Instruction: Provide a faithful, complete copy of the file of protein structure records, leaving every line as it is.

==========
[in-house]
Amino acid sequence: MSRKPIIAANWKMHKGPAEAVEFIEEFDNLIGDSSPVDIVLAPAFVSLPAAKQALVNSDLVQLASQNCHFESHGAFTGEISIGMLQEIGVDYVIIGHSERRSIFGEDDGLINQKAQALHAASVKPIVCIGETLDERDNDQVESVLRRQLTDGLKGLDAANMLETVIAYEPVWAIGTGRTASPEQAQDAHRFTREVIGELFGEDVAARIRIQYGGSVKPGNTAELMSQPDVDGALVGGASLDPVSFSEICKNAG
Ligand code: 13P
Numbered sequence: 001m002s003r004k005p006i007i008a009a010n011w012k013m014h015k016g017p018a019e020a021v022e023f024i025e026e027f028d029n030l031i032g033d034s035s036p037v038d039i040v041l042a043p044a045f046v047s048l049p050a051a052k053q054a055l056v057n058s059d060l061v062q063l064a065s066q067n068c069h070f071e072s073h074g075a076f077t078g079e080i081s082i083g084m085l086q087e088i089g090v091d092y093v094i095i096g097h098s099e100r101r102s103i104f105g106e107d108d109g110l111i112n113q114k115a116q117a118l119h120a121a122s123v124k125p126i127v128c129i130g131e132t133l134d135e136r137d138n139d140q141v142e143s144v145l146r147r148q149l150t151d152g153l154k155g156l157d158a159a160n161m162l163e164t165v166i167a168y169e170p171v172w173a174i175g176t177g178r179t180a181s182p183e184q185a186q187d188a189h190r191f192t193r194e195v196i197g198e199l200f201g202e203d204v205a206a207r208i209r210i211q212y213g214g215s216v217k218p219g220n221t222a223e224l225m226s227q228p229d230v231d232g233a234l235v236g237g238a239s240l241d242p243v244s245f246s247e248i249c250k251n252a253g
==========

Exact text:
[in-house]
Amino acid sequence: MSRKPIIAANWKMHKGPAEAVEFIEEFDNLIGDSSPVDIVLAPAFVSLPAAKQALVNSDLVQLASQNCHFESHGAFTGEISIGMLQEIGVDYVIIGHSERRSIFGEDDGLINQKAQALHAASVKPIVCIGETLDERDNDQVESVLRRQLTDGLKGLDAANMLETVIAYEPVWAIGTGRTASPEQAQDAHRFTREVIGELFGEDVAARIRIQYGGSVKPGNTAELMSQPDVDGALVGGASLDPVSFSEICKNAG
Ligand code: 13P
Numbered sequence: 001m002s003r004k005p006i007i008a009a010n011w012k013m014h015k016g017p018a019e020a021v022e023f024i025e026e027f028d029n030l031i032g033d034s035s036p037v038d039i040v041l042a043p044a045f046v047s048l049p050a051a052k053q054a055l056v057n058s059d060l061v062q063l064a065s066q067n068c069h070f071e072s073h074g075a076f077t078g079e080i081s082i083g084m085l086q087e088i089g090v091d092y093v094i095i096g097h098s099e100r101r102s103i104f105g106e107d108d109g110l111i112n113q114k115a116q117a118l119h120a121a122s123v124k125p126i127v128c129i130g131e132t133l134d135e136r137d138n139d140q141v142e143s144v145l146r147r148q149l150t151d152g153l154k155g156l157d158a159a160n161m162l163e164t165v166i167a168y169e170p171v172w173a174i175g176t177g178r179t180a181s182p183e184q185a186q187d188a189h190r191f192t193r194e195v196i197g198e199l200f201g202e203d204v205a206a207r208i209r210i211q212y213g214g215s216v217k218p219g220n221t222a223e224l225m226s227q228p229d230v231d232g233a234l235v236g237g238a239s240l241d242p243v244s245f246s247e248i249c250k251n252a253g